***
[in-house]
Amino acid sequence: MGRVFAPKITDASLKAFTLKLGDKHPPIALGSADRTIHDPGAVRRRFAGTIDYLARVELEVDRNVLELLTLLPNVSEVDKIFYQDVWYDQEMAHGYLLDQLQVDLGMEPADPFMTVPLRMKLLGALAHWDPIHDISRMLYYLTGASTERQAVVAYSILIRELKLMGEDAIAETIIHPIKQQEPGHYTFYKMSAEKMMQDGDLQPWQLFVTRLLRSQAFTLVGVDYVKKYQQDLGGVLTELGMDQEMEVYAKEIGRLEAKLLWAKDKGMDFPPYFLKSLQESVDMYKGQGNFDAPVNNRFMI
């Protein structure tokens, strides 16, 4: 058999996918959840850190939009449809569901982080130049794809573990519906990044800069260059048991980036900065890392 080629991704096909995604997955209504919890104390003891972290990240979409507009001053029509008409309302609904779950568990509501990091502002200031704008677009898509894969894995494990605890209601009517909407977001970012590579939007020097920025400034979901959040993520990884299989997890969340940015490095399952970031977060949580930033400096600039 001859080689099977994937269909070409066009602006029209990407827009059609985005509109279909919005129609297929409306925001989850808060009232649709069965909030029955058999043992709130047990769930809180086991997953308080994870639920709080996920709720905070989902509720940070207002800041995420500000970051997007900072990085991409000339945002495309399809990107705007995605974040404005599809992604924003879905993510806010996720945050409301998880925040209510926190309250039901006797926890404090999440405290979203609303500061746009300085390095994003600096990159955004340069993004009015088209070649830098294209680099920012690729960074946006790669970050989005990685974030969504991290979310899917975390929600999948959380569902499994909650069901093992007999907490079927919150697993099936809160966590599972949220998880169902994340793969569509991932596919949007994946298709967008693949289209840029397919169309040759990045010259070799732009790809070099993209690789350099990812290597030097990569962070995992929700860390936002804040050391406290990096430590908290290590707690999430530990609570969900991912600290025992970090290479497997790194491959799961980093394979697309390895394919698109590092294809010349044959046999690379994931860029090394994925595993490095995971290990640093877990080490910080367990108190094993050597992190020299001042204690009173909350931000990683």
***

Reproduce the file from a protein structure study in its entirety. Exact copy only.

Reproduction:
[in-house]
Amino acid sequence: MGRVFAPKITDASLKAFTLKLGDKHPPIALGSADRTIHDPGAVRRRFAGTIDYLARVELEVDRNVLELLTLLPNVSEVDKIFYQDVWYDQEMAHGYLLDQLQVDLGMEPADPFMTVPLRMKLLGALAHWDPIHDISRMLYYLTGASTERQAVVAYSILIRELKLMGEDAIAETIIHPIKQQEPGHYTFYKMSAEKMMQDGDLQPWQLFVTRLLRSQAFTLVGVDYVKKYQQDLGGVLTELGMDQEMEVYAKEIGRLEAKLLWAKDKGMDFPPYFLKSLQESVDMYKGQGNFDAPVNNRFMI
């Protein structure tokens, strides 16, 4: 058999996918959840850190939009449809569901982080130049794809573990519906990044800069260059048991980036900065890392 080629991704096909995604997955209504919890104390003891972290990240979409507009001053029509008409309302609904779950568990509501990091502002200031704008677009898509894969894995494990605890209601009517909407977001970012590579939007020097920025400034979901959040993520990884299989997890969340940015490095399952970031977060949580930033400096600039 001859080689099977994937269909070409066009602006029209990407827009059609985005509109279909919005129609297929409306925001989850808060009232649709069965909030029955058999043992709130047990769930809180086991997953308080994870639920709080996920709720905070989902509720940070207002800041995420500000970051997007900072990085991409000339945002495309399809990107705007995605974040404005599809992604924003879905993510806010996720945050409301998880925040209510926190309250039901006797926890404090999440405290979203609303500061746009300085390095994003600096990159955004340069993004009015088209070649830098294209680099920012690729960074946006790669970050989005990685974030969504991290979310899917975390929600999948959380569902499994909650069901093992007999907490079927919150697993099936809160966590599972949220998880169902994340793969569509991932596919949007994946298709967008693949289209840029397919169309040759990045010259070799732009790809070099993209690789350099990812290597030097990569962070995992929700860390936002804040050391406290990096430590908290290590707690999430530990609570969900991912600290025992970090290479497997790194491959799961980093394979697309390895394919698109590092294809010349044959046999690379994931860029090394994925595993490095995971290990640093877990080490910080367990108190094993050597992190020299001042204690009173909350931000990683």